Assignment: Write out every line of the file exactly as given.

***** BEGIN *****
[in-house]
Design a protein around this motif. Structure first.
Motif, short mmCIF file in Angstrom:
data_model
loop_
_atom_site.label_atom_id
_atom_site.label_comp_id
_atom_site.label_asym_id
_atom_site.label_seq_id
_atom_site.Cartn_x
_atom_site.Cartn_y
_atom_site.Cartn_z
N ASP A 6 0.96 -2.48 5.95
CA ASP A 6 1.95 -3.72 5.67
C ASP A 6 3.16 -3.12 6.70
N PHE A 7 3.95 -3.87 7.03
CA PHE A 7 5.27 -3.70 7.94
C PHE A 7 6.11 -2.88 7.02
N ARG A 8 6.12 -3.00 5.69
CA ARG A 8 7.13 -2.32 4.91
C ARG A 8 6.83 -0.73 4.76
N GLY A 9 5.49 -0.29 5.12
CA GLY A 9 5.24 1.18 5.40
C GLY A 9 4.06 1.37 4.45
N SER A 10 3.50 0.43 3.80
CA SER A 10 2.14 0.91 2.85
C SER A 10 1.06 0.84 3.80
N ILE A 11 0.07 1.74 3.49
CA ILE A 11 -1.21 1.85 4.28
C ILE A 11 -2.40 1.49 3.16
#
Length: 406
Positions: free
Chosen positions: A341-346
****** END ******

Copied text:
[in-house]
Design a protein around this motif. Structure first.
Motif, short mmCIF file in Angstrom:
data_model
loop_
_atom_site.label_atom_id
_atom_site.label_comp_id
_atom_site.label_asym_id
_atom_site.label_seq_id
_atom_site.Cartn_x
_atom_site.Cartn_y
_atom_site.Cartn_z
N ASP A 6 0.96 -2.48 5.95
CA ASP A 6 1.95 -3.72 5.67
C ASP A 6 3.16 -3.12 6.70
N PHE A 7 3.95 -3.87 7.03
CA PHE A 7 5.27 -3.70 7.94
C PHE A 7 6.11 -2.88 7.02
N ARG A 8 6.12 -3.00 5.69
CA ARG A 8 7.13 -2.32 4.91
C ARG A 8 6.83 -0.73 4.76
N GLY A 9 5.49 -0.29 5.12
CA GLY A 9 5.24 1.18 5.40
C GLY A 9 4.06 1.37 4.45
N SER A 10 3.50 0.43 3.80
CA SER A 10 2.14 0.91 2.85
C SER A 10 1.06 0.84 3.80
N ILE A 11 0.07 1.74 3.49
CA ILE A 11 -1.21 1.85 4.28
C ILE A 11 -2.40 1.49 3.16
#
Length: 406
Positions: free
Chosen positions: A341-346